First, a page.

Walking into a public bathroom does not induce anxiety for most people. But for some students and faculty members, using male or female-specific bathrooms prompts embarrassing questions and uncomfortable stares.
Responding to requests from individuals and campus groups last winter, the University has since allocated 12 campus bathrooms as gender-neutral. After the Regenstein Library's bathroom renovations are completed on October 18, that total will come to 15, according to Bill Michel, deputy dean of the College.
"How we're defining what we're trying to accomplish is a bathroom that an individual can usewhether they're male, female, or their gender is such that they'd prefer to use a bathroom that does not have a gender designation," said Michel.
Student responses to the gender-neutral bathrooms have been varied. Though most supported the change, some admitted they would not actually use them. "I would feel a little uncomfortable using them," said first-year in the College Anthony Harmon. "But I don't have a problem with them as long as you keep the ones that are just for men and just for women."
Allison Kean, a third-year in the College, remains unperturbed by the new bathrooms. "I think if they were all gender-neutral bathrooms, there would be people who would be uncomfortable," she said.
Other students emphasize cleanliness as the most important issue. "I would be fine in a gender-neutral bathroom," said first-year in the College Kathryn Stewart. "As long as you clean up your mess, your genitalia doesn't bother me."
"I'd feel fine using them," said second-year student Lucas Wiesendanger. "I don't know why it's such a big issue; it seems pretty obvious to me."
Some students feel that there is a male-female divide in their responses to the gender-neutral bathrooms. "I feel like it's more of an issue with girls," said second-year student Jose Philogene. "Guys don't really have a problem with that."
Most students questioned were not aware that the campus had gender-neutral bathrooms, perhaps signifying that the bathrooms are not in convenient locations. The bathrooms can also be useful for parents who need to bring their children inside, said Michel. Some of the bathrooms, including one on the sixth floor of Harper Memorial Library and one on the A-level of the Regenstein Library, are labeled as family and gender-neutral bathrooms.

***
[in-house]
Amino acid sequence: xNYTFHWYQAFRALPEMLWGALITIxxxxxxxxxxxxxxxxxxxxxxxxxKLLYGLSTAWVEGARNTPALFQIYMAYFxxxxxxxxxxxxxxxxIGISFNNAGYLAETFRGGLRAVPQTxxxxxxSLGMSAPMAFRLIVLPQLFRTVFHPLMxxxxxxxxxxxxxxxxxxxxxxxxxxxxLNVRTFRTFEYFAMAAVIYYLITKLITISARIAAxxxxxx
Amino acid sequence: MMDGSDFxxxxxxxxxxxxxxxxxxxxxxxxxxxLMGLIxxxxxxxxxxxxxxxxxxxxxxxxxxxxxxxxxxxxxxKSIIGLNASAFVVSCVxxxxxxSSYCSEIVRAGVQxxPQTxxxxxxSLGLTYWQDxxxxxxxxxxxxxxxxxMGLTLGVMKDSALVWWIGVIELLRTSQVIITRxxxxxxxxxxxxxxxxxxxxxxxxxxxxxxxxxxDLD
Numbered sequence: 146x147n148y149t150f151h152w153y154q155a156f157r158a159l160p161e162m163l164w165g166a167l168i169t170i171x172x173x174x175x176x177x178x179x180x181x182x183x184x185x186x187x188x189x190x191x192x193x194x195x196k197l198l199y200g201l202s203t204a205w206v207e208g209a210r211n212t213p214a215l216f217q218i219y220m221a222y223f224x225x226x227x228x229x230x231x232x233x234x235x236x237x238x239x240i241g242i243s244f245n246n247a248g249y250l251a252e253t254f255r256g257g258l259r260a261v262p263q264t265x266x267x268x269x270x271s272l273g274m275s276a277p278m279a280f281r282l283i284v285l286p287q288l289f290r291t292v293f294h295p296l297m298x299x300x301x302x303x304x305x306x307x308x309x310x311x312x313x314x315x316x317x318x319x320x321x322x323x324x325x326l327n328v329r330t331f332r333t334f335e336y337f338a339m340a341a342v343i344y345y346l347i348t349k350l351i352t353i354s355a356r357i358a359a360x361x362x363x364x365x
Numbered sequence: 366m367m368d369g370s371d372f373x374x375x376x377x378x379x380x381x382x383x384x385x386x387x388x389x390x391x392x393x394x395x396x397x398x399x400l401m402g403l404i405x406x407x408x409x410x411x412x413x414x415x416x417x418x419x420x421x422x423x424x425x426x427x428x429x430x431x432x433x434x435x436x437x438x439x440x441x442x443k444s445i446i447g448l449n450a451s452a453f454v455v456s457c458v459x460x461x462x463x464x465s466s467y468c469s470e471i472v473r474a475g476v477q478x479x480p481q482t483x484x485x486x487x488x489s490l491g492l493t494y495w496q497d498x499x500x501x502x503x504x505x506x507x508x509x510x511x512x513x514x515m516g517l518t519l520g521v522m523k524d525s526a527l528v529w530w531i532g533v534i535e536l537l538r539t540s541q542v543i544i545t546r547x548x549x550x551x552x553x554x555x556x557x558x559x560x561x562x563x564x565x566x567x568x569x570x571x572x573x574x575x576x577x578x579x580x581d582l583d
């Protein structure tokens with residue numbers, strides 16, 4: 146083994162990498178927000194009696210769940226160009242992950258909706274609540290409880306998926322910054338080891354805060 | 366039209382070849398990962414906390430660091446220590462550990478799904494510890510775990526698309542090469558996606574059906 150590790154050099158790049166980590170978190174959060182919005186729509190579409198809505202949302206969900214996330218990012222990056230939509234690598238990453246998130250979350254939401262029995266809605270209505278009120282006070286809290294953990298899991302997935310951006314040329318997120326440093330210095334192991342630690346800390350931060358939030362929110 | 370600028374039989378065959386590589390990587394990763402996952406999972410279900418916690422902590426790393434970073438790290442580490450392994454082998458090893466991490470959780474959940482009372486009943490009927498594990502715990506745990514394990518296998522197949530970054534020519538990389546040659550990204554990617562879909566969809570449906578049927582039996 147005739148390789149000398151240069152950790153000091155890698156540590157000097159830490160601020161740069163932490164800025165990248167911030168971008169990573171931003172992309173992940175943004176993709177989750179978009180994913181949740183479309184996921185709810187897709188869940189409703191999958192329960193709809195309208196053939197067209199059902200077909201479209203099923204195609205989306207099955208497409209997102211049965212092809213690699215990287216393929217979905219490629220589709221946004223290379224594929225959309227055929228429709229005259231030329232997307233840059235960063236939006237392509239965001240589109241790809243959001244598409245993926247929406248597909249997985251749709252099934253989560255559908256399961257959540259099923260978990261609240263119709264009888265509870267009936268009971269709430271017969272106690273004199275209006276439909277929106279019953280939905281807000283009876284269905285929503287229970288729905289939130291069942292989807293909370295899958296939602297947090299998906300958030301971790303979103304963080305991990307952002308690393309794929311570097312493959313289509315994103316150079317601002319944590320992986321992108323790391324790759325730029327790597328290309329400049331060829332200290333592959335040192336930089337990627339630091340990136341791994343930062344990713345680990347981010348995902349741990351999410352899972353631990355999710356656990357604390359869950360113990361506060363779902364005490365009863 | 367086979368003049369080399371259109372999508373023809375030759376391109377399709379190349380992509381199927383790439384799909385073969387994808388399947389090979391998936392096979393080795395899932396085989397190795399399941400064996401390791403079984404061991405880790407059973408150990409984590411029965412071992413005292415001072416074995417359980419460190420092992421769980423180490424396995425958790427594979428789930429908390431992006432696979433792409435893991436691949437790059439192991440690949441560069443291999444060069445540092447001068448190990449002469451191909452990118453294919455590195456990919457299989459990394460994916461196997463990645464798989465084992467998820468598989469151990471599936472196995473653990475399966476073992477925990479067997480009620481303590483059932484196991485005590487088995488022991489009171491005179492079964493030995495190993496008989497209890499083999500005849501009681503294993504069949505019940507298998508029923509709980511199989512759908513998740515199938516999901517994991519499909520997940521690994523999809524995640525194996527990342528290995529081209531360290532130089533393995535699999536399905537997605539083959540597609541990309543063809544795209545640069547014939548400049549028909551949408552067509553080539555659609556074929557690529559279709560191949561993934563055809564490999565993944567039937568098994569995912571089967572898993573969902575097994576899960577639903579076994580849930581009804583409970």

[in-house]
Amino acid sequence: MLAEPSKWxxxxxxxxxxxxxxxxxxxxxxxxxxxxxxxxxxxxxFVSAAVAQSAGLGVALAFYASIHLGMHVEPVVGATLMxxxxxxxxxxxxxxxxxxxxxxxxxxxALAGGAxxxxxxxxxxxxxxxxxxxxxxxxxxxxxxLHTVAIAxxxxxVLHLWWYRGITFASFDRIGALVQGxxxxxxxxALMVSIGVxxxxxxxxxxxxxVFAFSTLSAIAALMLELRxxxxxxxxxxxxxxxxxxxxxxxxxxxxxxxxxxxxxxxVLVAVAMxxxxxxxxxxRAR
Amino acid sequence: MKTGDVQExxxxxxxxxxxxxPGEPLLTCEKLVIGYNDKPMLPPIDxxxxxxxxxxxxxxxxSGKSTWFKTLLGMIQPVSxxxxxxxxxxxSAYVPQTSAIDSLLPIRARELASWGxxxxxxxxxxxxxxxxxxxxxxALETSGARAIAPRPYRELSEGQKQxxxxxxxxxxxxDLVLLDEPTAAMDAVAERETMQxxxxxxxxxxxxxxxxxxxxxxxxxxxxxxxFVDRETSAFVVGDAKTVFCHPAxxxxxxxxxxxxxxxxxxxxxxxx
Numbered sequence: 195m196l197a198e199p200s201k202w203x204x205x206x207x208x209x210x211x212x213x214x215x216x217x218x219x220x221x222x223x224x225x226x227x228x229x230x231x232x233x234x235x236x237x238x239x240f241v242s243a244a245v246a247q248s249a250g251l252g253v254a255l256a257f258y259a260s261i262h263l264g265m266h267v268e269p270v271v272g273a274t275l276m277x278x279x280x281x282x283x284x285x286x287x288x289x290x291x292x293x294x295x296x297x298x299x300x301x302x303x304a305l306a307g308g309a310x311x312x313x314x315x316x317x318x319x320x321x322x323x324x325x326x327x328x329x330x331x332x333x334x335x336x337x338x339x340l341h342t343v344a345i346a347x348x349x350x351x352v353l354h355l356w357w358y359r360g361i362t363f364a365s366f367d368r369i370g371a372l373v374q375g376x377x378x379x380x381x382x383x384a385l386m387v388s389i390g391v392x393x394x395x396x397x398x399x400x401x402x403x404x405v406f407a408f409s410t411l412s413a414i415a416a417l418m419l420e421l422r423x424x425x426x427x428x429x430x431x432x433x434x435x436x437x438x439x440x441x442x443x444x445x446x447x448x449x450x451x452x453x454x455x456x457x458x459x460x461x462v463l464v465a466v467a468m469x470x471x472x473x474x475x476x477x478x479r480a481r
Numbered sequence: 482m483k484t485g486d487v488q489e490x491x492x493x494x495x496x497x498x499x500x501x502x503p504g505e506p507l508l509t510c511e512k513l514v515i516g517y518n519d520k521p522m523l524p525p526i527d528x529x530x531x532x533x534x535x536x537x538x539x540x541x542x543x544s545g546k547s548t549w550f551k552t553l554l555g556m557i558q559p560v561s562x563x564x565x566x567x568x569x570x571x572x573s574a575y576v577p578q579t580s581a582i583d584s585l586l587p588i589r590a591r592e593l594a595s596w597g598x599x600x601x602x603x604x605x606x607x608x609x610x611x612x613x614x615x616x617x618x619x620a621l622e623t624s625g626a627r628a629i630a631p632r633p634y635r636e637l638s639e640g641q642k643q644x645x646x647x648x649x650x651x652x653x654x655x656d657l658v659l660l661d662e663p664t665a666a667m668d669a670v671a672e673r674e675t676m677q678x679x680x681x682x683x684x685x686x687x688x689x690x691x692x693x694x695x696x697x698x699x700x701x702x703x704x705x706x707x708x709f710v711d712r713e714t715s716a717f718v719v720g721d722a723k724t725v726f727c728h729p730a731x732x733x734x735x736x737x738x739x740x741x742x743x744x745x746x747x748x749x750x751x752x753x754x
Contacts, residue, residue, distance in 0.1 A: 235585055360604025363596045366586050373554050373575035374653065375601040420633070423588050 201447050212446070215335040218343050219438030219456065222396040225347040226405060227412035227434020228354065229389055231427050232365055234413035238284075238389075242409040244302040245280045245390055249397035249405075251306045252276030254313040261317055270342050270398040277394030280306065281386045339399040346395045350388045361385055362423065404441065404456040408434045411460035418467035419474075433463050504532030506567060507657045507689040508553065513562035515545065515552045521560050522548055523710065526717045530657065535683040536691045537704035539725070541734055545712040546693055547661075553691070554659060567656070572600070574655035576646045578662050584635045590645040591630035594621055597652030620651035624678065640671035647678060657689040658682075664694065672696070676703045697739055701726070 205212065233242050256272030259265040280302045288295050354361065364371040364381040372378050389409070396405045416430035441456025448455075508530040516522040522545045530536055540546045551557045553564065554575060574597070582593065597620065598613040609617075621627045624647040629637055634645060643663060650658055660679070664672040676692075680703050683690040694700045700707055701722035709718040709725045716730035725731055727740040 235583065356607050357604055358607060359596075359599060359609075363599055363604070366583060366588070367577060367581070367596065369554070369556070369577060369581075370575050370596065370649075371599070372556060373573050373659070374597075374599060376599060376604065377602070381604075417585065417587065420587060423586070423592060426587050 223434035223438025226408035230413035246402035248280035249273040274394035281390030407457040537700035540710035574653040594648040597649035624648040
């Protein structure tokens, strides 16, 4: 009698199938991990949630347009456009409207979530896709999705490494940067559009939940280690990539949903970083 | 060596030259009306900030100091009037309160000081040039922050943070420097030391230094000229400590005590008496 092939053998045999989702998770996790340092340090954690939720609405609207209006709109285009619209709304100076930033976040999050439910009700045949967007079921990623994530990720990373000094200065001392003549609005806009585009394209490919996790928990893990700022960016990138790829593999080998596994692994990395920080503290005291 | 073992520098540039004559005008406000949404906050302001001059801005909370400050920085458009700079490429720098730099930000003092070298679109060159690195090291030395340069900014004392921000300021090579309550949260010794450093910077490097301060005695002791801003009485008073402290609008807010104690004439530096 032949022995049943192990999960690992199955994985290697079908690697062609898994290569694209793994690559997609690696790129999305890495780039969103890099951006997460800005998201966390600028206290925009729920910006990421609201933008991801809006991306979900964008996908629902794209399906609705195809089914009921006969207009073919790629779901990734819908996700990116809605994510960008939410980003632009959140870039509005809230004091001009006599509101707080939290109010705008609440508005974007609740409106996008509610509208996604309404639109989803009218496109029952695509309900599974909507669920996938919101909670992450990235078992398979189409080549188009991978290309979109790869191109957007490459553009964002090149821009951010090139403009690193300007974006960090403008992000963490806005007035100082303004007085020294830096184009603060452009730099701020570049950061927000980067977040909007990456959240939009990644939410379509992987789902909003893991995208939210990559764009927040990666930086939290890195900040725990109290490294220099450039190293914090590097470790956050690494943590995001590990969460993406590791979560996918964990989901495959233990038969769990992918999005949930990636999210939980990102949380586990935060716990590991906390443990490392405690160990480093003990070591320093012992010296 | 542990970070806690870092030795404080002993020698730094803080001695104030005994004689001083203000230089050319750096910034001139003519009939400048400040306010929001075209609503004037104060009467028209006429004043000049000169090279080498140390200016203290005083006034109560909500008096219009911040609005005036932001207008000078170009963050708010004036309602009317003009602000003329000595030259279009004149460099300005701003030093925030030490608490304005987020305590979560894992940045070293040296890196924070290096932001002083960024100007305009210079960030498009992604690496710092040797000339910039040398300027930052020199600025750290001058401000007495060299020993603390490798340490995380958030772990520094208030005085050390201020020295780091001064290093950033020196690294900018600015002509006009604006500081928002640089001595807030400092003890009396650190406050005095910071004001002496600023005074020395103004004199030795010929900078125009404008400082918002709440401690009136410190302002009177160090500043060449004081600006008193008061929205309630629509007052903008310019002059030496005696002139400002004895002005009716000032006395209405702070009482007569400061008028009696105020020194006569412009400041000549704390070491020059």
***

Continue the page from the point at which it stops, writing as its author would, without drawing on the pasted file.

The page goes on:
Other gender-neutral bathrooms, including one on the fifth floor of Cobb Hall, are intended for single use. They do not have stalls. The bathrooms on the third floor of Ida Noyes Hall, the Regenstein Library, and Harper Memorial Library locations have both stalls and urinals. These bathrooms are also equipped with a lock on the outside door for added privacy. "I would hope that every one would feel comfortable using them, whatever their gender identity," Michel said.
"Bathrooms segregated by sex are potentially unsafe and intimidating places for a variety of people," said Ana Minian, a fourth-year in the College and the liaison officer between Queers & Associates (Q&A) and QueerAction. "Persons who are not easily legible as male or female often experience various forms of intimidation in these places."
Minian cited one example of a person who mistook a woman for a man and called security because the woman used a female bathroom.
"I don't agree with the impetus [for gender-neutral bathrooms], because you should feel comfortable whoever you are and confident in your sexuality," said second-year student Alexander Coppock.
QueerAction, backed by Q&A and Feminist Majority, pushed the University to make gender-neutral bathrooms last winter. On November 19 of last year Minian organized a panel discussion titled "The Importance of Gender-Neutral Bathrooms" to bring more attention to the concern. "This was the main thing we did that convinced the administrators on the importance of gender-neutral bathrooms," Minian said. "In my opinion, much progress has been made in this area," said John Gabriel, a third-year in the College and president of Q&A. "We were overwhelmed this last winter by how quickly the administration moved to meet the need for gender-neutral restrooms on campus...and I am sure everyone else on the project...is very satisfied with the results."